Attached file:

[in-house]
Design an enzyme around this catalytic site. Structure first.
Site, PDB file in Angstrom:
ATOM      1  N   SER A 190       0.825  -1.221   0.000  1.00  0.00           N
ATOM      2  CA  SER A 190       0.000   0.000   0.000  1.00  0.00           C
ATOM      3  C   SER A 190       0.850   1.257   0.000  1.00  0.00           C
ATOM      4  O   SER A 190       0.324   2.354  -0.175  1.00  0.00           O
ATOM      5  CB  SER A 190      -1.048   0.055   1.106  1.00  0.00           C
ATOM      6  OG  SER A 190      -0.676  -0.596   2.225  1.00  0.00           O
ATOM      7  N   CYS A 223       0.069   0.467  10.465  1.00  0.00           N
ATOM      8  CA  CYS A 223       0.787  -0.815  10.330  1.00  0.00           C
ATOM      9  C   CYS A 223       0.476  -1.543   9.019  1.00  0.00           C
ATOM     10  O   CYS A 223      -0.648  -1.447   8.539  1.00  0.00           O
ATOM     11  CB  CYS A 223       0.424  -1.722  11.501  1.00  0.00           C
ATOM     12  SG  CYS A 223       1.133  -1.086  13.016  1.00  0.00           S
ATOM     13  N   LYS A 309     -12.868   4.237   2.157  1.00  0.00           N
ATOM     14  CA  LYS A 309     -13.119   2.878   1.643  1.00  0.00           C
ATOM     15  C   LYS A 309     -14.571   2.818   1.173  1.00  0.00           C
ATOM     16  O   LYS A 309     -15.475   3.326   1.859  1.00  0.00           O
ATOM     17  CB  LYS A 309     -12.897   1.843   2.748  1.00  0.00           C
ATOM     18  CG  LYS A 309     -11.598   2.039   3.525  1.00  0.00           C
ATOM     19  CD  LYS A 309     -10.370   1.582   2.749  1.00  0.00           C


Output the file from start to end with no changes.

[in-house]
Design an enzyme around this catalytic site. Structure first.
Site, PDB file in Angstrom:
ATOM      1  N   SER A 190       0.825  -1.221   0.000  1.00  0.00           N
ATOM      2  CA  SER A 190       0.000   0.000   0.000  1.00  0.00           C
ATOM      3  C   SER A 190       0.850   1.257   0.000  1.00  0.00           C
ATOM      4  O   SER A 190       0.324   2.354  -0.175  1.00  0.00           O
ATOM      5  CB  SER A 190      -1.048   0.055   1.106  1.00  0.00           C
ATOM      6  OG  SER A 190      -0.676  -0.596   2.225  1.00  0.00           O
ATOM      7  N   CYS A 223       0.069   0.467  10.465  1.00  0.00           N
ATOM      8  CA  CYS A 223       0.787  -0.815  10.330  1.00  0.00           C
ATOM      9  C   CYS A 223       0.476  -1.543   9.019  1.00  0.00           C
ATOM     10  O   CYS A 223      -0.648  -1.447   8.539  1.00  0.00           O
ATOM     11  CB  CYS A 223       0.424  -1.722  11.501  1.00  0.00           C
ATOM     12  SG  CYS A 223       1.133  -1.086  13.016  1.00  0.00           S
ATOM     13  N   LYS A 309     -12.868   4.237   2.157  1.00  0.00           N
ATOM     14  CA  LYS A 309     -13.119   2.878   1.643  1.00  0.00           C
ATOM     15  C   LYS A 309     -14.571   2.818   1.173  1.00  0.00           C
ATOM     16  O   LYS A 309     -15.475   3.326   1.859  1.00  0.00           O
ATOM     17  CB  LYS A 309     -12.897   1.843   2.748  1.00  0.00           C
ATOM     18  CG  LYS A 309     -11.598   2.039   3.525  1.00  0.00           C
ATOM     19  CD  LYS A 309     -10.370   1.582   2.749  1.00  0.00           C